Iowa high court: redo restitution
September 6, 2019— In State v. Moore, the Iowa Supreme Court again reversed and remanded a criminal conviction for resentencing based on a failure to adequately determine a defendant’s ability to pay restitution but did not disturb a district court and, in turn, a court of appeals decision affirming the sentence itself.
In Moore, the defendant appealed his conviction and sentence for child endangerment resulting in serious injury. The Court of Appeals recounted the facts as follows: Moore was caring for his girlfriend’s son while his girlfriend was at work. The girlfriend called Moore to check on her son, and Moore reported the child had fallen in the bathroom but was “okay now.” According to the Court of Appeals, when the girlfriend arrived home, Moore was cradling her son, who was allegedly “fighting to breathe” with his eyes “rolled back into his head” and his arms and legs “stiff like a board like he couldn’t move them.” Health care workers transported the child to University of Iowa where health care workers testified they observed chapped lips that “looked almost like a corrosive burn,” dried blood near the child’s ear, and extensive bruising all over his body and extensive internal organ damage and head trauma “requiring extensive surgery and a lengthy healing process.” The nurses advised the boy could die.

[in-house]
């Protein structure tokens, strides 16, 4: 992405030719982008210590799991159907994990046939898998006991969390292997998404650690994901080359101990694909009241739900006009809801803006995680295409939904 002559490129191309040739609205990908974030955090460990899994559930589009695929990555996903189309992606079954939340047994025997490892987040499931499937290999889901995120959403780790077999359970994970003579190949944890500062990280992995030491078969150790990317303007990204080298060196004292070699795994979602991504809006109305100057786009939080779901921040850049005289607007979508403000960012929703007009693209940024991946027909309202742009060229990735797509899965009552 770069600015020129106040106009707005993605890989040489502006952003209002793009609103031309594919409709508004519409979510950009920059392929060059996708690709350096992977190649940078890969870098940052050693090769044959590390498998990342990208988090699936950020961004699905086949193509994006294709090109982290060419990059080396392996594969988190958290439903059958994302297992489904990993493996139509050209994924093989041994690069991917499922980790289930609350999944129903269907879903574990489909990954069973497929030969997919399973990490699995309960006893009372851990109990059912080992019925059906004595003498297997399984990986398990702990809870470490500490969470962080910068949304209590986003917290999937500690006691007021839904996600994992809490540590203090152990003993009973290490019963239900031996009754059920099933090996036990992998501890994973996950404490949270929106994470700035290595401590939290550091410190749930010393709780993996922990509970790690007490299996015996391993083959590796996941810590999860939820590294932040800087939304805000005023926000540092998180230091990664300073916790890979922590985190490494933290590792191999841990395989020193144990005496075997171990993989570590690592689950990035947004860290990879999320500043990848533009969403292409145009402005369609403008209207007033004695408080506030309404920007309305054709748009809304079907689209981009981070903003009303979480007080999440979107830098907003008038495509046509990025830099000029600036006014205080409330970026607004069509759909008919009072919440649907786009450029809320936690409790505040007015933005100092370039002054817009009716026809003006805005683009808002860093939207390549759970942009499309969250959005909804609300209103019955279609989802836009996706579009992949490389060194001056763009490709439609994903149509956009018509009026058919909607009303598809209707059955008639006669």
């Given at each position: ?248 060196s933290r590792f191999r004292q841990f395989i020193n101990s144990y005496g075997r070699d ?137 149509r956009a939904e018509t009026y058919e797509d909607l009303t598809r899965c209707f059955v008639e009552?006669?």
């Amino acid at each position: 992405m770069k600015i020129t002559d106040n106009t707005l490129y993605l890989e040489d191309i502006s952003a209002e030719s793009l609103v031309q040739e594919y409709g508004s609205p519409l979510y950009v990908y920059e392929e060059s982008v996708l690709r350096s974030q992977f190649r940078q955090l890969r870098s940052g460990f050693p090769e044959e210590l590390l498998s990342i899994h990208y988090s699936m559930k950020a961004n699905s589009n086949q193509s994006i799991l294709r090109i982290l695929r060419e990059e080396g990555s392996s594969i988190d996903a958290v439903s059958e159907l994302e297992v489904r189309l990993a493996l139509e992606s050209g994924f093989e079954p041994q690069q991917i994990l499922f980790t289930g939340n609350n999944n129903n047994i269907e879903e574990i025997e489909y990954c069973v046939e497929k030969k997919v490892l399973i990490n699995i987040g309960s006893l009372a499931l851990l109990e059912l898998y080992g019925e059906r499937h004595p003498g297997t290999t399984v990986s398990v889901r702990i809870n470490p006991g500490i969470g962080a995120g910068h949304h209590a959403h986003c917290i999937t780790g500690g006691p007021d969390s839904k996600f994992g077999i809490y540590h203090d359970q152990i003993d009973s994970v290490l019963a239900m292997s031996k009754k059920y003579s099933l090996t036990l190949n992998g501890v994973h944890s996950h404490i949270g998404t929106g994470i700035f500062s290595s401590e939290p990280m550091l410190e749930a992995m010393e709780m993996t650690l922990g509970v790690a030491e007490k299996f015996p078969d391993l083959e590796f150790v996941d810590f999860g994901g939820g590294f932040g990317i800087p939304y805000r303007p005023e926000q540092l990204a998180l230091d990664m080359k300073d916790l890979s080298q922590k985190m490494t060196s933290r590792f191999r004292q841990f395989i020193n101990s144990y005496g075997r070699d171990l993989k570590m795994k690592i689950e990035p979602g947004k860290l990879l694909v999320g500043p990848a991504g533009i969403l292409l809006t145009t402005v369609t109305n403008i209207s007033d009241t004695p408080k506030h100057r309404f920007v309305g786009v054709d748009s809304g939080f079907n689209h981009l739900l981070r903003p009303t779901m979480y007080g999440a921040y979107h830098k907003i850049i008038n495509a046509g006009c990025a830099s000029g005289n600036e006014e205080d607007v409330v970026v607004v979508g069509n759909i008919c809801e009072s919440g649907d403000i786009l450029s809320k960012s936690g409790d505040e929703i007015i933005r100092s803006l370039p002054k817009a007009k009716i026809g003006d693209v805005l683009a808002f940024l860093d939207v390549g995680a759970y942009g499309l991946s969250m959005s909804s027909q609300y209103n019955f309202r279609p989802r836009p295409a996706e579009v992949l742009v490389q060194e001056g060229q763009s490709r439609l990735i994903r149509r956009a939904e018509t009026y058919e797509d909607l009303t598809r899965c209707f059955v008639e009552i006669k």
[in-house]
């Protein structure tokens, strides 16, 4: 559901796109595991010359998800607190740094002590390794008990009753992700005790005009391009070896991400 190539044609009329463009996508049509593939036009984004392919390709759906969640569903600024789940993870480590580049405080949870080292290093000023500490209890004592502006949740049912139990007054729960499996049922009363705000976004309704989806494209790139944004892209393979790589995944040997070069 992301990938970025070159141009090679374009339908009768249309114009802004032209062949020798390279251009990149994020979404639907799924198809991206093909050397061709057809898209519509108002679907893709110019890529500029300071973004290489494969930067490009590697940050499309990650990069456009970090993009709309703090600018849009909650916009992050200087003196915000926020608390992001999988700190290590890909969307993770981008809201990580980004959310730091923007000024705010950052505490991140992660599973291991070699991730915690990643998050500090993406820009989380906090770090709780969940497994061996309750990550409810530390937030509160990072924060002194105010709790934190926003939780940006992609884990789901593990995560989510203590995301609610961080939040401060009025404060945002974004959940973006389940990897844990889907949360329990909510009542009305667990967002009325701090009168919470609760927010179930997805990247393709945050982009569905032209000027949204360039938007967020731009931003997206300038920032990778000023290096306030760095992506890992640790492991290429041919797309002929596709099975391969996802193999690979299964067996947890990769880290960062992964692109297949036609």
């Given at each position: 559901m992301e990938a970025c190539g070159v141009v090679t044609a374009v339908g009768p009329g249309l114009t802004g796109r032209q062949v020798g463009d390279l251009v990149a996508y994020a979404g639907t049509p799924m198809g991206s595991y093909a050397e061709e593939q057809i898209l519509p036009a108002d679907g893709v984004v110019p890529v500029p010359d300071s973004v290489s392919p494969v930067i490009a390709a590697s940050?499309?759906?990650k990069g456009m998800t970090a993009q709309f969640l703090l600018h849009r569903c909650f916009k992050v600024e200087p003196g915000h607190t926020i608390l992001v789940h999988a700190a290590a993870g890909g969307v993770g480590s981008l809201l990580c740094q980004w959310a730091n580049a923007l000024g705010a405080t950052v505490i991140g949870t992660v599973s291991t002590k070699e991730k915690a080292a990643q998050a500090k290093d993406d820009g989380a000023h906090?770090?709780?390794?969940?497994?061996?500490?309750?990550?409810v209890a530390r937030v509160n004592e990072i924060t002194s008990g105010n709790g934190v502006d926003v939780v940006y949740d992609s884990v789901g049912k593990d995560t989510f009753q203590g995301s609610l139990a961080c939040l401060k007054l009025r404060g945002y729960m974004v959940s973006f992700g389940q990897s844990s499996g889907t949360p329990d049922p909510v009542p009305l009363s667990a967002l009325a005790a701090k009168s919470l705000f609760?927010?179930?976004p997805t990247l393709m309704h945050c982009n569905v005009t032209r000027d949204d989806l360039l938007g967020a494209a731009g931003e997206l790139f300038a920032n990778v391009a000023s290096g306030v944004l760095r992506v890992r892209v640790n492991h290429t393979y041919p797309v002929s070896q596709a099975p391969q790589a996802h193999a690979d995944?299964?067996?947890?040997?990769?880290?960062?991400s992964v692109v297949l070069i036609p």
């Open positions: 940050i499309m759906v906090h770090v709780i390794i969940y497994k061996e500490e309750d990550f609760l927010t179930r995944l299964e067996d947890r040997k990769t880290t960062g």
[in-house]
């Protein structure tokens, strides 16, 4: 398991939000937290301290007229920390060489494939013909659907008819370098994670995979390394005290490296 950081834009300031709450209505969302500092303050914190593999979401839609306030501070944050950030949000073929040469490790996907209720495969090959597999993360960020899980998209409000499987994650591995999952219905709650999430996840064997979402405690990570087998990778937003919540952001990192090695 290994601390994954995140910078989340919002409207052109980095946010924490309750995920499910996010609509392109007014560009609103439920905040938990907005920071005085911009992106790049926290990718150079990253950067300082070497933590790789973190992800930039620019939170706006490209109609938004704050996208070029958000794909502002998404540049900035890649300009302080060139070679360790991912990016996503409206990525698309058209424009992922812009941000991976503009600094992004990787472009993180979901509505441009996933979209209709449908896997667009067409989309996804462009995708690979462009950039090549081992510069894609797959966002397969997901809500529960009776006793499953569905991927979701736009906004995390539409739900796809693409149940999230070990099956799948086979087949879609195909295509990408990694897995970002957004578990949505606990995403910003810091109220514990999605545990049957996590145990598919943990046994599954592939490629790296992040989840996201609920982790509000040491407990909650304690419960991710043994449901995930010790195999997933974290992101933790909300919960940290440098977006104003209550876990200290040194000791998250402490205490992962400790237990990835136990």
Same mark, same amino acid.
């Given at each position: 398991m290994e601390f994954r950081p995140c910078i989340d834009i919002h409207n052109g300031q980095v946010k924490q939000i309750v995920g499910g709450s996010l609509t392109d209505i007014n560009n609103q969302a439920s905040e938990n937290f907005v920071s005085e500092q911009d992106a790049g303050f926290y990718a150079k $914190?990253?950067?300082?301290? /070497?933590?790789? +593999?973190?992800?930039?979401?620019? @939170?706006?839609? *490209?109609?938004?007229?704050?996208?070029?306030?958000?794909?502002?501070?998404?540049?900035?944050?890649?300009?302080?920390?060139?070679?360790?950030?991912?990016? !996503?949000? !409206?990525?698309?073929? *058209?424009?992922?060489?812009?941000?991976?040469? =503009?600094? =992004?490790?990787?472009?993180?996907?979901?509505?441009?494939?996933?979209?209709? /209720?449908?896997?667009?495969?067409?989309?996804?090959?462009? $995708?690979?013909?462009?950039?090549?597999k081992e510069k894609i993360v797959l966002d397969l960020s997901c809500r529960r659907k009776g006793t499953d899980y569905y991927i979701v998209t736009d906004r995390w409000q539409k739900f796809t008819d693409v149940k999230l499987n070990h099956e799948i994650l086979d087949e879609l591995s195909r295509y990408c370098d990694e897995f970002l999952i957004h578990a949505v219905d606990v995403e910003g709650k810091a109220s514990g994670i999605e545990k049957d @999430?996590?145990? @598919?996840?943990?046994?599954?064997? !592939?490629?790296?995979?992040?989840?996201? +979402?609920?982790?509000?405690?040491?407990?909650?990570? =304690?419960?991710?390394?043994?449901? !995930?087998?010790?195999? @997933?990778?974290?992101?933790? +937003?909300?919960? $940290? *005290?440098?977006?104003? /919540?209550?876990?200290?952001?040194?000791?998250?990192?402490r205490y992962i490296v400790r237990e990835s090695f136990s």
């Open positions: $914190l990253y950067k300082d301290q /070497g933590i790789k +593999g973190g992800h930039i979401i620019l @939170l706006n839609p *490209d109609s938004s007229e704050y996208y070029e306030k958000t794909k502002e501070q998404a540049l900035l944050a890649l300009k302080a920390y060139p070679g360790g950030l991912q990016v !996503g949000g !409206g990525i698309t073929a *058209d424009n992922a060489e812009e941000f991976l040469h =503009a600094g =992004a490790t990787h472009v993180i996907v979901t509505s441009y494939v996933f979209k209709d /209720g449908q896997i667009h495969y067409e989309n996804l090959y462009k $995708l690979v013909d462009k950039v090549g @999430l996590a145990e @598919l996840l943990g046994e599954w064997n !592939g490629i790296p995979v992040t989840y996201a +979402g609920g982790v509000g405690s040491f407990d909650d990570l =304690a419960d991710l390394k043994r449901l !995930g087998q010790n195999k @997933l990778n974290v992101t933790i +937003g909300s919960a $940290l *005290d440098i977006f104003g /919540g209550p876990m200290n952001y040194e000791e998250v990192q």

A jury convicted Moore of child endangerment causing serious injury. The trial court judge sentenced Moore to indeterminate prison sentence of ten years. Moore appealed claiming, among other things, that the jury needed an instruction to explain the standard of “reasonable degree of scientific certainty,” which has been held to support a guilty verdict when the State presents medical expert testimony.
Rejecting this “reasonable degree of medical certainty” argument and other claims, the appeals court focused on inappropriately imposed restitution in the form of jail fees and asserted the district court failed to assess Moore’s ability to pay. The Court of Appeals affirmed the restitution order, stating the restitution statute allowed him a remedy to challenge the restitution.
The Iowa Supreme Court accepted the case on further review, affirmed the conviction and sentence, but reversed and remanded only on the issue of restitution, holding that the case had to go back for a restitution hearing based on the Albright opinion, decided while this case was pending and holding that district court’s must determine a defendant’s ability to pay certain kinds of restitution, like jail fees and court costs, before imposing them.
NOTE: David A. Cmelik Law PLC had no involvement in the Moore case.
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